23 February 2011

The Red Scarf.

Author: Kate Furnivall
Genre: Historical Fiction.
Source: Personal Copy.
Rating: 3 out of 5.

Synopsis from Goodreads.com:
Davinsky Labor Camp, Siberia, 1933: Only two things in this wretched place keep Sofia from giving up hope: the prospect of freedom, and the stories told by her friend and fellow prisoner Anna, of a charmed childhood in Petrograd, and her fervent girlhood love for a passionate revolutionary named Vasily.
After a perilous escape, Sofia endures months of desolation and hardship. But, clinging to a promise she made to Anna, she subsists on the belief that someday she will track down Vasily. In a remote village, she’s nursed back to health by a Gypsy family, and there she finds more than refuge—she also finds Mikhail Pashin, who, her heart tells her, is Vasily in disguise. He’s everything she has ever wanted—but he belongs to Anna.
After coming this far, Sofia is tantalizingly close to freedom, family—even a future. All that stands in her way is the secret past that could endanger everything she has come to hold dear...

My Review:
I don't know what it is about Kate Furnivall's novels that makes me keep picking them up, I'm usually a bit disappointed with them, and this one was no exception - but I digress. I thought this sounded like a great read, and I guess it could be for the right person, but not for me. It was just okay for me. Once again I liked the cover and design of the chapter pages, but...there was just too much...story. I do love a long engrossing read, but there's always something, something in her books that makes me say to myself, now that is just unbelievable. Even more (possibly) unbelievable, is that I actually intend to read more of her books. For one (important) reason, she is able to make me care about the characters, no matter how unsatisfying their journey is or how questionable their actions may be at one (or more) point in the story. I can't help but feel relieved or scared or happy for them at the appropriate moments.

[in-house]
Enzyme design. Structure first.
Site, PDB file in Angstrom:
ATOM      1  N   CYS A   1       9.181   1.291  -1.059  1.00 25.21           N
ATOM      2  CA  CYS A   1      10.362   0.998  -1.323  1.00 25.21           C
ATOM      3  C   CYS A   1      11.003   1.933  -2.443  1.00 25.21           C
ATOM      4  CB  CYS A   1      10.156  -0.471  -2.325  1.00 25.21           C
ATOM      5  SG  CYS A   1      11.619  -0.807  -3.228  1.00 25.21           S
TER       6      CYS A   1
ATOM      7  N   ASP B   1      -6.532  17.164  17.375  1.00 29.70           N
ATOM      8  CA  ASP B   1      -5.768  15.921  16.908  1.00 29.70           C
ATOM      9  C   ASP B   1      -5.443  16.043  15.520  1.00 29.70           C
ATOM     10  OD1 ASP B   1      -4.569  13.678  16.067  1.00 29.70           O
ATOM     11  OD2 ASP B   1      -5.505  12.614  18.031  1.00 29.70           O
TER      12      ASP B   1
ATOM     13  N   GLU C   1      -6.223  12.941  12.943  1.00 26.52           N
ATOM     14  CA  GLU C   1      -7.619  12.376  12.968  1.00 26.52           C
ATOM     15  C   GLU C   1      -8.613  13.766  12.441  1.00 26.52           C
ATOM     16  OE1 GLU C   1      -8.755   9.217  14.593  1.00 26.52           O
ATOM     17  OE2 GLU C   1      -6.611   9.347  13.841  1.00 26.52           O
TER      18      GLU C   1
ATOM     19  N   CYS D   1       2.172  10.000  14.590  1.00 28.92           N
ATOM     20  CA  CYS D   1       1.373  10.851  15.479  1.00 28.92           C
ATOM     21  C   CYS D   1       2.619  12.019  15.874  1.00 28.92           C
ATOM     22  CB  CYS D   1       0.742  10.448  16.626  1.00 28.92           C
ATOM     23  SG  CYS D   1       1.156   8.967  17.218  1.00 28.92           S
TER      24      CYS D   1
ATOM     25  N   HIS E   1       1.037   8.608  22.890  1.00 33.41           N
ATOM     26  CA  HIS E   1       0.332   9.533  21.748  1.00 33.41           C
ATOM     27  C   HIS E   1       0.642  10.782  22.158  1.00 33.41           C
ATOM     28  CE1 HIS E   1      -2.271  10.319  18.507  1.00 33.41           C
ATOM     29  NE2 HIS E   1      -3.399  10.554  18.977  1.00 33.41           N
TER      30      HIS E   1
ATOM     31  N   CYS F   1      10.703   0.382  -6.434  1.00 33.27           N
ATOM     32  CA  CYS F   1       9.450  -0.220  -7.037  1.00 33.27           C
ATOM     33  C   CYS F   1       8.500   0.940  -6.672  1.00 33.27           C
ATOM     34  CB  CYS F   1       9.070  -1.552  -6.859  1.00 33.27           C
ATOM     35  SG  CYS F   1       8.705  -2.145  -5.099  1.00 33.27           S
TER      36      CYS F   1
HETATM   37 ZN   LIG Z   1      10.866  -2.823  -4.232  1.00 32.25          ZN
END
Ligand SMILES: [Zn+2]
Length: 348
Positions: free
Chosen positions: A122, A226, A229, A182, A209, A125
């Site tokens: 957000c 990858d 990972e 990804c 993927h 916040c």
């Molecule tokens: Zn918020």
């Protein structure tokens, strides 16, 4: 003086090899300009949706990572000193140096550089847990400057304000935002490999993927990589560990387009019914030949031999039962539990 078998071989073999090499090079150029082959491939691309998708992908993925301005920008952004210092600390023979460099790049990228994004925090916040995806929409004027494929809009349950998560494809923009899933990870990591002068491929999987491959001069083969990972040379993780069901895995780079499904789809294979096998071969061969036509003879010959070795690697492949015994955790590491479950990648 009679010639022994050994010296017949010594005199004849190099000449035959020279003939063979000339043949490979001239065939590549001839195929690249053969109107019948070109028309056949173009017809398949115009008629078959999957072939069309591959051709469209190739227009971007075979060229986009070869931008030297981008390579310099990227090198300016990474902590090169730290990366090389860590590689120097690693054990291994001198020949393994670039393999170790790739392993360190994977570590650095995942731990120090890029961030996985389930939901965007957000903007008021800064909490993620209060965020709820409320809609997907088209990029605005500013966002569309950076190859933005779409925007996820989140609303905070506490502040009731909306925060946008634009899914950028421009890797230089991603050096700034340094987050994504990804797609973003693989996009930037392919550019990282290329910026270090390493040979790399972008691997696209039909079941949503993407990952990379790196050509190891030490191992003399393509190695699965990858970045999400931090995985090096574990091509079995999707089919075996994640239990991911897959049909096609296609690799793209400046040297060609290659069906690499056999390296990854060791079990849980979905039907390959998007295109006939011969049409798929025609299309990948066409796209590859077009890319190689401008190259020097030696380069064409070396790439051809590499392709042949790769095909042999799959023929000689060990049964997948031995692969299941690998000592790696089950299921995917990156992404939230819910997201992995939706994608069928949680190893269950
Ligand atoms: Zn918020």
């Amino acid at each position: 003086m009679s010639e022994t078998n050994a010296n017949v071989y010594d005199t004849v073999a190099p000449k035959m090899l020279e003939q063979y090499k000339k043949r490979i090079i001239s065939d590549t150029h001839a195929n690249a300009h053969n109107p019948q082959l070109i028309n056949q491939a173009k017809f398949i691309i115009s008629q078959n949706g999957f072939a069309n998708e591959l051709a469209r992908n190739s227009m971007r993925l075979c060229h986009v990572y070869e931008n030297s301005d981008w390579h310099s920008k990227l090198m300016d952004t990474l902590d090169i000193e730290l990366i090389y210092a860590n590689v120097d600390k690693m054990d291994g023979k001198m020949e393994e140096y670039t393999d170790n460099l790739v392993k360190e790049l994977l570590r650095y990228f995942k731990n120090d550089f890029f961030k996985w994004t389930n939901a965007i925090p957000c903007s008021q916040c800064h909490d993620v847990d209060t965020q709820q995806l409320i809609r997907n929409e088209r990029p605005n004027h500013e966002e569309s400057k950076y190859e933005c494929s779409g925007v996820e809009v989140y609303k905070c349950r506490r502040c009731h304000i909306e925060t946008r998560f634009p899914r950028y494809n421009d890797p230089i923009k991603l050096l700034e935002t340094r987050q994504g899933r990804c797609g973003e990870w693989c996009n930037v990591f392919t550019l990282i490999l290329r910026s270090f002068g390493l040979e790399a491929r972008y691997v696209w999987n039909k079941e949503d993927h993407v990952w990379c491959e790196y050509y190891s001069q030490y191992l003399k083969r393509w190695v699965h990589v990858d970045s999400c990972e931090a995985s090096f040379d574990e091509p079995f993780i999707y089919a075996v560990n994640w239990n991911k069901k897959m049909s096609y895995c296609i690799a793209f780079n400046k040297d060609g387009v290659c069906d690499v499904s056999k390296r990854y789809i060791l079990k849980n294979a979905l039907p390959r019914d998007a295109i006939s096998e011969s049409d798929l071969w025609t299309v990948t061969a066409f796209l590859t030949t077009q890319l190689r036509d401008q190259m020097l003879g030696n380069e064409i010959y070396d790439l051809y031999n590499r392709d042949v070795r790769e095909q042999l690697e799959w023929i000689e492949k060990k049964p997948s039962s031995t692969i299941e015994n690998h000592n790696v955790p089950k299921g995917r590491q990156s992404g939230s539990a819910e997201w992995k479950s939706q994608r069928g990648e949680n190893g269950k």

I don't know if it was the pace of my reading or the pace of the storytelling, but I found it to be a little slow for my tastes. Too many little things that were happening and not enough of what I found to be more important for the story to move along at a better pace. But, I will admit that all of that writing was lovely. Transportable. Even though I wouldn't ever want to visit Stalin's Russia.
I don't even know how anyone could or did really. Not even these fictional characters. Working and working and having to watch their backs and their neighbors and finding the strength to do it day after day. I loved the strength that Sofia had, without it I don't think she could have done what she did, or even thought of doing it. Determination and hope were things that I think she had through the entire book. And sometimes, on her journey, they seemed like they were all she had with her. Just to keep herself going, and to suceed at what she thought was right, for the one person she held dear in the hard world they both lived in.

No comments: